Democracy Dies in the Open

Beijing crushes the remnants of Hong Kong’s autonomy.

By The Editorial Board

Pro-democracy lawmakers pose for a photograph during a news conference to announce their mass resignation at the Legislative Council in Hong Kong, Nov. 11./PHOTO: BILLY H.C. KWOK/BLOOMBERG NEWS

Hong Kong’s “one country, two systems” form of government autonomy died this summer, and the Chinese Communist Party is now moving fast to crush its remnants. Beijing’s latest target is the Legislative Council and its pro-democracy lawmakers.

On Wednesday China’s legislature passed a resolution allowing Hong Kong authorities to remove lawmakers without judicial oversight. Hong Kong authorities quickly booted four pro-democracy legislators, including Dennis Kwok and Alvin Yeung, two brave defenders of an independent judiciary.

Hong Kong’s remaining pro-democracy lawmakers responded by resigning en masse. “Sooner or later we would all have been disqualified,” Democratic Party chairman Wu Chi-wai said. Unconditional allegiance to Beijing is now a requirement for office. 

At a news conference Wednesday, Hong Kong Chief Executive Carrie Lam said it is disqualifying for lawmakers to oppose the new national security law or to plan on “indiscriminately voting down” Beijing’s legislative agenda. Ms. Lam will go down in history for betraying her city.

The Communist Party long ago rigged LegCo, as the legislature is known, so democrats could never gain a majority. Pro-democracy lawmakers have nonetheless served their constituents by working to prevent or delay some of the worst legislation and appointees. 

This new resolution completes LegCo’s transformation into a rubber-stamp body. It represents “Beijing’s rule by decree in its ultimate form,” said Claudia Mo, one of the lawmakers who resigned in protest.

Even before this resolution, Hong Kong’s opposition was under siege. Last week Hong Kong police arrested eight current and former pro-democracy lawmakers. They face up to a year in prison for disruptive behavior at a LegCo meeting last spring, but their real offense was defending the rights of Hong Kongers.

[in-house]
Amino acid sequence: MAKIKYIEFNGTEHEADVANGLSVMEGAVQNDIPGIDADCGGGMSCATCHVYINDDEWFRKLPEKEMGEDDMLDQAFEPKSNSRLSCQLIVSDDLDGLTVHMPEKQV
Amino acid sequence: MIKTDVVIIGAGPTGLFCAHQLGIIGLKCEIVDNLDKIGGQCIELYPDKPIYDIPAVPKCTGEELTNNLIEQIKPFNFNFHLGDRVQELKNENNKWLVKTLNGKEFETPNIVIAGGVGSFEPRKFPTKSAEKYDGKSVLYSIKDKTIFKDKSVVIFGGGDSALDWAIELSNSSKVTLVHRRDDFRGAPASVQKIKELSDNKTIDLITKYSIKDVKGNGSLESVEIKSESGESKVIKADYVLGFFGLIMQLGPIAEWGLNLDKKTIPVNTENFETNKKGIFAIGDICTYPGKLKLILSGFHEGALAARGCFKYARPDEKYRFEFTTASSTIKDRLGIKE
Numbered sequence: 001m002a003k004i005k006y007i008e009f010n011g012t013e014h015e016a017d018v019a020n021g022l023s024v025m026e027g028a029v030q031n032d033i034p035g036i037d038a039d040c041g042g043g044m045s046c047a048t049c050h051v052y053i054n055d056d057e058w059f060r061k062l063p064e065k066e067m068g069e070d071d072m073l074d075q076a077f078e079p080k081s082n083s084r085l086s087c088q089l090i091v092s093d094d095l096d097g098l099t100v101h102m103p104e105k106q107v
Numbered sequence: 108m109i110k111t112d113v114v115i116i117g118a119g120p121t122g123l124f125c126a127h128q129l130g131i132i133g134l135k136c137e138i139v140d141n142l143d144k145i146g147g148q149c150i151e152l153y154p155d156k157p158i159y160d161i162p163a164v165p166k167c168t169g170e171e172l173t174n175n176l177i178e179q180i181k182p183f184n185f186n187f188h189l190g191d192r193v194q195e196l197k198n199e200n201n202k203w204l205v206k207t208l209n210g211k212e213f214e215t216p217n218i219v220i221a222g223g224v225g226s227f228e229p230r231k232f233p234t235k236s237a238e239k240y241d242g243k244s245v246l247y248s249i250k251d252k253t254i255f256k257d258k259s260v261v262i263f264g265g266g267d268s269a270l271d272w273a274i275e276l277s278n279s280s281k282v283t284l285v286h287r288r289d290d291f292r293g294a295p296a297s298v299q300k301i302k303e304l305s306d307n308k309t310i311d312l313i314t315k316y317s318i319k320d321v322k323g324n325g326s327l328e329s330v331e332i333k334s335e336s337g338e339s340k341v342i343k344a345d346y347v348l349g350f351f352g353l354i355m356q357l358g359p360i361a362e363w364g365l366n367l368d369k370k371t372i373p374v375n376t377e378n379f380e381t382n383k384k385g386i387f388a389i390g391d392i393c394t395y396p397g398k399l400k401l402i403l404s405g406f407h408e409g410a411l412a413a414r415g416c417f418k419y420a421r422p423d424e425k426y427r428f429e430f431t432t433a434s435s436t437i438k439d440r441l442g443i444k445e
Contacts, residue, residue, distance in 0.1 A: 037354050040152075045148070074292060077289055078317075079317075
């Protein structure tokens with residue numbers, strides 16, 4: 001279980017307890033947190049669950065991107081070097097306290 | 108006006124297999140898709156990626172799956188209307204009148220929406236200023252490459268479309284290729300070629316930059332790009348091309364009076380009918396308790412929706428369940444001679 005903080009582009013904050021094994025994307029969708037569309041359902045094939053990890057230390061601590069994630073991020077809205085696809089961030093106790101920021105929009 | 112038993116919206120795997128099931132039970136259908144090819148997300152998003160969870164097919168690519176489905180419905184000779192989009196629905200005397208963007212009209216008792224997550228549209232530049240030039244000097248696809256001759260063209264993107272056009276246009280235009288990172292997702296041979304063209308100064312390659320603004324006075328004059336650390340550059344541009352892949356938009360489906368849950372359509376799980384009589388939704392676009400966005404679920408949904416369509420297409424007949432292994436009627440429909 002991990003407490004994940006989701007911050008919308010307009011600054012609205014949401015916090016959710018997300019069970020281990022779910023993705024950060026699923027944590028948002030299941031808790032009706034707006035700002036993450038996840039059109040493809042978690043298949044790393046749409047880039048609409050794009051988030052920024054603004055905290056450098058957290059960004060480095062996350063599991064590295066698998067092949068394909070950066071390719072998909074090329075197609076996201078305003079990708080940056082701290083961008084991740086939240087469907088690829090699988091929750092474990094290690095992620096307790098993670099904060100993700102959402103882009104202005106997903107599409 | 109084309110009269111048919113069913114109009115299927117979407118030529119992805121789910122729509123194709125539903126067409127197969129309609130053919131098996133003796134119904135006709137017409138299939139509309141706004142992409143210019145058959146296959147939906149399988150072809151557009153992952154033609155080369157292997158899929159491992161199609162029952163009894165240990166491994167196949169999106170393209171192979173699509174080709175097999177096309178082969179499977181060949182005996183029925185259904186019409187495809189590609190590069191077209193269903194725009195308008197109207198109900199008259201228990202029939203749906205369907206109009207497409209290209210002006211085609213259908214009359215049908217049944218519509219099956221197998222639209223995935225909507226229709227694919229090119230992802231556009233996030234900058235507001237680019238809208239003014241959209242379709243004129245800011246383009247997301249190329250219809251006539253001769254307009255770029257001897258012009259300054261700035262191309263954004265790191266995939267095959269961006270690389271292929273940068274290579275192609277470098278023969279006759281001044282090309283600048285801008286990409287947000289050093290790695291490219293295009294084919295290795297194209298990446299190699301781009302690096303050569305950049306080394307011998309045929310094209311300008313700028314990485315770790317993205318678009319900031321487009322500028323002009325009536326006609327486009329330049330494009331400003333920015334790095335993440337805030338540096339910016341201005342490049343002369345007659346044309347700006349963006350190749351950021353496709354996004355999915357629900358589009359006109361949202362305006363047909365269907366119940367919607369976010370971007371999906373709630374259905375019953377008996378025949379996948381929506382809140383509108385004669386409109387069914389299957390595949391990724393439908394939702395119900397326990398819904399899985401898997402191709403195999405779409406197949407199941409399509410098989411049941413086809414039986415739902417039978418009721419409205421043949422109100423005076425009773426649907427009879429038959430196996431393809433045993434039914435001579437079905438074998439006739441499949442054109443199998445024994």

The scuffle in May broke out as pro-Beijing lawmakers worked to ram through legislation that suppresses speech by outlawing disrespect of the Chinese national anthem. Pro-Beijing legislators who participated in the tussle haven’t been charged, but pro-democracy lawmaker Andrew Wan, who had to be carried off on a stretcher by paramedics after the scrap, was among those arrested.

Despite widespread opposition, the national-anthem bill passed on June 4. Less than a month later, Beijing imposed a sweeping national-security law on Hong Kong that effectively prohibits all dissent. 

Fearing that pro-democracy candidates would gain seats despite the rigged system, the government postponed the LegCo elections scheduled for last September. Now they’ll be meaningless.

Freedom dying anywhere diminishes the world, but Hong Kong’s fate is especially important because it shows China can’t be trusted to keep its international promises. 

Its treaty with the U.K. promised autonomy to Hong Kong for 50 years through 2047. 

It was extinguished in 2020. 

Minimum wage rises are gaining ground

Economists and politicians rethink their opposition to high floors for the lowest paid workers

Martin Sandbu

The ‘Fight for $15’ successfully lobbied for minimum wage increases at local and state level, because the US federal minimum wage failed to keep up with inflation © Lucas Jackson/Reuters

It is springtime for a policy that has gone in and out of fashion over the years: high minimum wages. 

At the end of last month, the European Commission proposed requiring European governments to ensure “adequate minimum wages” in their economies. Across the Atlantic, Joe Biden has been elected US president on a platform that includes more than doubling the federal minimum wage, to $15 an hour, higher than any state’s current wage floor.